Hayward Gallery saved in 15m pounds plan

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The Independent Online
PLANS to demolish the Hayward Gallery on London's South Bank, widely regarded as a Sixties concrete eyesore, have been abandoned. In an extradordinary turn- round, following a confidential memo to the heads of the board responsible for managing the South Bank arts complex, the board is instead to demand that the Government spend up to pounds 15m 'as an immediate priority' to improve the complex.

The work would include ripping out the concrete walkways, once described by the architectural historian Sir Nikolaus Pevsner as 'a thrilling experience if the weather is fine' but which have become a haven for skateboarders and the homeless.

While maintaining that it would still like, in conjunction with Stanhope Properties, to replace two concert halls on the site - the Purcell Room and the Queen Elizabeth Hall - with shops, offices and new leisure buildings, the board privately acknowledges that it 'can no longer plan to upgrade our facilities using the profits from commercial development'.

A confidential memo to the chief executive, Nicholas Snowman, and the chairman, Sir Brian Corby, says: 'There is no longer any prospect of our being able to find a way ahead that does not make any call on the public purse. Our resources are insufficent to enable us to maintain the current buildings, especially the Royal Festival Hall, to the proper standard. Something must be done and done soon.'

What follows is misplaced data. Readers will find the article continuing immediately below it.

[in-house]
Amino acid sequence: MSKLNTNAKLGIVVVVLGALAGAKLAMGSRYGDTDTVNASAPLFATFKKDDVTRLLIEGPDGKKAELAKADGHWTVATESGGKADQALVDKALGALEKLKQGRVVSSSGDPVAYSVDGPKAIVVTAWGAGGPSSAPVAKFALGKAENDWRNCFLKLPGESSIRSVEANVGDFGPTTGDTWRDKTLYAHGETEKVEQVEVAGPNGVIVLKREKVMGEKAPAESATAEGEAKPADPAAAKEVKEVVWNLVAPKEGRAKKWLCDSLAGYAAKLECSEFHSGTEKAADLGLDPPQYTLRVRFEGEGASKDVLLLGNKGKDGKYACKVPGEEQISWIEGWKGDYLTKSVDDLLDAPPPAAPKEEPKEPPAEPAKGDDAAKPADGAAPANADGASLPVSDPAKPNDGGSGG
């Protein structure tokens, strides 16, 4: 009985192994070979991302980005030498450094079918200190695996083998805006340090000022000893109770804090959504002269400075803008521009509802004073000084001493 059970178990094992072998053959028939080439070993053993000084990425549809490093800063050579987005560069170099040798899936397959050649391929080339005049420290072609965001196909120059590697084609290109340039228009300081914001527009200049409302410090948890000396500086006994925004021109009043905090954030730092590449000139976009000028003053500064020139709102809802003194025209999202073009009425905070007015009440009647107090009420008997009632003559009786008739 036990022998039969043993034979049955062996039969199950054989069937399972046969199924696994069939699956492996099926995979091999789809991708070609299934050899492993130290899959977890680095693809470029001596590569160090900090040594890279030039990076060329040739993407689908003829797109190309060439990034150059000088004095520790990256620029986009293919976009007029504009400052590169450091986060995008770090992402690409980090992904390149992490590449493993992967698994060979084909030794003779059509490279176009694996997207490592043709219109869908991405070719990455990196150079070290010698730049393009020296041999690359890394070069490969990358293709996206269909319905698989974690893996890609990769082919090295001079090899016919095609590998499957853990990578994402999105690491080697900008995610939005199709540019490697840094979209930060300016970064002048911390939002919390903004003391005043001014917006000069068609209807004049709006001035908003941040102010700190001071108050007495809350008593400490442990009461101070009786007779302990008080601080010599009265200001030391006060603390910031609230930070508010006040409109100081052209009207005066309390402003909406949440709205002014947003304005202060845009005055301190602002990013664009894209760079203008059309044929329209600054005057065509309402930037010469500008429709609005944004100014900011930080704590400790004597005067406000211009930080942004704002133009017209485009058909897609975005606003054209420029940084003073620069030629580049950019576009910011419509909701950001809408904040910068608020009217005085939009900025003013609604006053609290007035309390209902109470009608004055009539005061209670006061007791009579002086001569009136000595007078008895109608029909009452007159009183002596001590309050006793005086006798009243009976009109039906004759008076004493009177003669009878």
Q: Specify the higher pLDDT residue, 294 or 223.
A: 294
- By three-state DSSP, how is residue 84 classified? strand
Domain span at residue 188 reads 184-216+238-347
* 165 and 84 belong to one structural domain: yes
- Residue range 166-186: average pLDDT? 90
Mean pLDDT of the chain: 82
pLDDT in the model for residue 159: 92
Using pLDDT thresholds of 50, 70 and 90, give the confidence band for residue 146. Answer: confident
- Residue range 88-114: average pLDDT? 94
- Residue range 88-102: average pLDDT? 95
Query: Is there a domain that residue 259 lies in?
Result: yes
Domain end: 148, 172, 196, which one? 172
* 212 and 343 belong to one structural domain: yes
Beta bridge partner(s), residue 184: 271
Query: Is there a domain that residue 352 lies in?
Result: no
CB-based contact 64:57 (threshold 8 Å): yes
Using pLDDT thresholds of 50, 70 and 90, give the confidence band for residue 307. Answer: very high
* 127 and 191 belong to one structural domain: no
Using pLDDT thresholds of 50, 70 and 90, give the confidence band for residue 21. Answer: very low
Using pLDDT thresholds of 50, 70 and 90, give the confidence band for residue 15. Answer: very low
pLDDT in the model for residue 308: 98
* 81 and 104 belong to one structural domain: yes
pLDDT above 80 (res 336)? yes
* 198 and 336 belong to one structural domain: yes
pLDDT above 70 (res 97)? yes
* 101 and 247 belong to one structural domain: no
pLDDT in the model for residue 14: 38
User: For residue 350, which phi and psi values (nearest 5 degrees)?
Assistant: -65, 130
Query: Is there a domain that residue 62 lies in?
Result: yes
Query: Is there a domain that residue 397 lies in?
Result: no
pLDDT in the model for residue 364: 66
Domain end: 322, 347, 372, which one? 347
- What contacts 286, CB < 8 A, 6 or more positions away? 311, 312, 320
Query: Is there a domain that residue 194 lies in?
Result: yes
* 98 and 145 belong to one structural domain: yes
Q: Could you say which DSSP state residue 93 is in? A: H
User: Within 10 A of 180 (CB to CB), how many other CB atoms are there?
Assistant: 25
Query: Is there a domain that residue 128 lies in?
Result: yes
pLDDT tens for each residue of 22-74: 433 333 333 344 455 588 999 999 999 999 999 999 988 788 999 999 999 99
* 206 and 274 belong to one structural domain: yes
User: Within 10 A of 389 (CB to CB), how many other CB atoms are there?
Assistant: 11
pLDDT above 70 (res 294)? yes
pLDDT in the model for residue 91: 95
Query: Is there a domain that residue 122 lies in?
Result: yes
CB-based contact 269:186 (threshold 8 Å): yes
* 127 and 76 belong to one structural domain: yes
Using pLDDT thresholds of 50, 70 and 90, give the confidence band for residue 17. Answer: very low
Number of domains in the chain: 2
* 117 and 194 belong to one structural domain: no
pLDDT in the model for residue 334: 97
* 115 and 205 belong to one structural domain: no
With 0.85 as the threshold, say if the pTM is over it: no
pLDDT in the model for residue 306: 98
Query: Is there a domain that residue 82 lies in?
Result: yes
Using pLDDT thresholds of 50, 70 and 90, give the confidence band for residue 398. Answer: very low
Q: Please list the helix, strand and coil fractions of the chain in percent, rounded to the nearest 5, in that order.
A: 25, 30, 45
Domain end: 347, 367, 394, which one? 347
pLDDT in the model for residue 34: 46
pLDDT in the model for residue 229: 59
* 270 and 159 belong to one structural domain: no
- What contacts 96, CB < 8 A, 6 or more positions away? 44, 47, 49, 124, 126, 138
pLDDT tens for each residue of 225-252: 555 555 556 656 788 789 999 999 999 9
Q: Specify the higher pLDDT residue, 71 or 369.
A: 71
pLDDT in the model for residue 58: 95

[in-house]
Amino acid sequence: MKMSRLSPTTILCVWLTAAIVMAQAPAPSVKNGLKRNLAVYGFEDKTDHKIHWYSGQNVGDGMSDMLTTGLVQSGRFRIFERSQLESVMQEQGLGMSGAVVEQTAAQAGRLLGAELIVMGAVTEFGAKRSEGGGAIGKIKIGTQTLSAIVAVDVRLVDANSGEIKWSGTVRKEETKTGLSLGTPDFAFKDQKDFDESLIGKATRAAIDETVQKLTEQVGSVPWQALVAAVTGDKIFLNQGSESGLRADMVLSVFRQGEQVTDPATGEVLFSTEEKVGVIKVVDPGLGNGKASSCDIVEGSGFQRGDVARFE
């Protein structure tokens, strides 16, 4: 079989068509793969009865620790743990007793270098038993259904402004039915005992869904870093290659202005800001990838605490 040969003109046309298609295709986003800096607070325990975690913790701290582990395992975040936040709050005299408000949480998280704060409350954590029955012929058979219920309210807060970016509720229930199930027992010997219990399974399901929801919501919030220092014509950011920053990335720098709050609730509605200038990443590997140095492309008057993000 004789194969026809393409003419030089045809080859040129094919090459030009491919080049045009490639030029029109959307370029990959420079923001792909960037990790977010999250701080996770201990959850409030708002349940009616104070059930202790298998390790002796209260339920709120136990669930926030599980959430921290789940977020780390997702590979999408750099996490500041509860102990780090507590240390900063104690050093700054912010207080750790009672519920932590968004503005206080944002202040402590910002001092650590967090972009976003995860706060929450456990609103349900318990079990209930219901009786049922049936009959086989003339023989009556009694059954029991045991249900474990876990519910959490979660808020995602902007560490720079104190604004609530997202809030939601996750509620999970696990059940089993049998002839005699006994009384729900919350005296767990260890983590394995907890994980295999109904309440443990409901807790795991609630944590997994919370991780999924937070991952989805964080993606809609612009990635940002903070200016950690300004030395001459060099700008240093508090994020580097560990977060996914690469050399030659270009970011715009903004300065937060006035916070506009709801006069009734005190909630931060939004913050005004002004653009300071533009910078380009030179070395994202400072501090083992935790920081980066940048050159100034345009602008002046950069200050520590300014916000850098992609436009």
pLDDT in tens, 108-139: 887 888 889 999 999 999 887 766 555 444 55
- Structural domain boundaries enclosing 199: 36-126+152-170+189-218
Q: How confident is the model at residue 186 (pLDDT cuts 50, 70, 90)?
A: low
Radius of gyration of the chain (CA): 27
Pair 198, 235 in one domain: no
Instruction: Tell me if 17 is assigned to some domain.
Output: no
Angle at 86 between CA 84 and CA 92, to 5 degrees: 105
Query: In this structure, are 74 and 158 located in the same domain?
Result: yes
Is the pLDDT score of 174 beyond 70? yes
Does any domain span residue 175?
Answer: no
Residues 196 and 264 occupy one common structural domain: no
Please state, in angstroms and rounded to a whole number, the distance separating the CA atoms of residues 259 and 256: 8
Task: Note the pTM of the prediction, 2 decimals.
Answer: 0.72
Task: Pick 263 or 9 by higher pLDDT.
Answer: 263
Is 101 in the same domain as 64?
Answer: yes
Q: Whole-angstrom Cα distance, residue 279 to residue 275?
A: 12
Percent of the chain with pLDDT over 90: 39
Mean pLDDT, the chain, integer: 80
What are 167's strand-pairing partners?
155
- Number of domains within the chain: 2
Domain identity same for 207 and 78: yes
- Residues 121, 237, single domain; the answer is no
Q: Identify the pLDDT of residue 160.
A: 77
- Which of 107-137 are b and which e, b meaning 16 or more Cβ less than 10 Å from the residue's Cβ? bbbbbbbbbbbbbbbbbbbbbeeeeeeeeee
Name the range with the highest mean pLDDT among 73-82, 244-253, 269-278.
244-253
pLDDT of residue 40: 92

Under its new plan, despite the Hayward reprieve, the board wants to build a pounds 40m gallery on the car-park site next to the riverside Jubilee Gardens. However, this is one of several London locations being considered by the Tate Gallery for a new Museum of Modern Art.

Nicholas Serota, the Tate's director, told the Independent on Sunday: 'The South Bank is well located and it is a place that people are drawn to. Our prime consideration is good public transport. We've lived for 100 years on the 88 bus route, and we think it's time we did better'.

Both the board and the Tate see a new gallery on the site as a millennium project, and will be making an early call on the new national lottery funds.

Since the demolition of the Hayward was first proposed in the architect Terry Farrell's masterplan, barely any money has been spent on the gallery. Mr Serota said: 'I think it's suffered from neglect and is clearly in need of restoration and renovation.'

Andrew Dempsey, the Hayward's deputy director, said: 'As long as we felt the other scheme was possible, nothing was done. Now that the grand scheme is not viable, what can be done to improve the Hayward will be done and as far as I'm concerned that's a welcome focus.'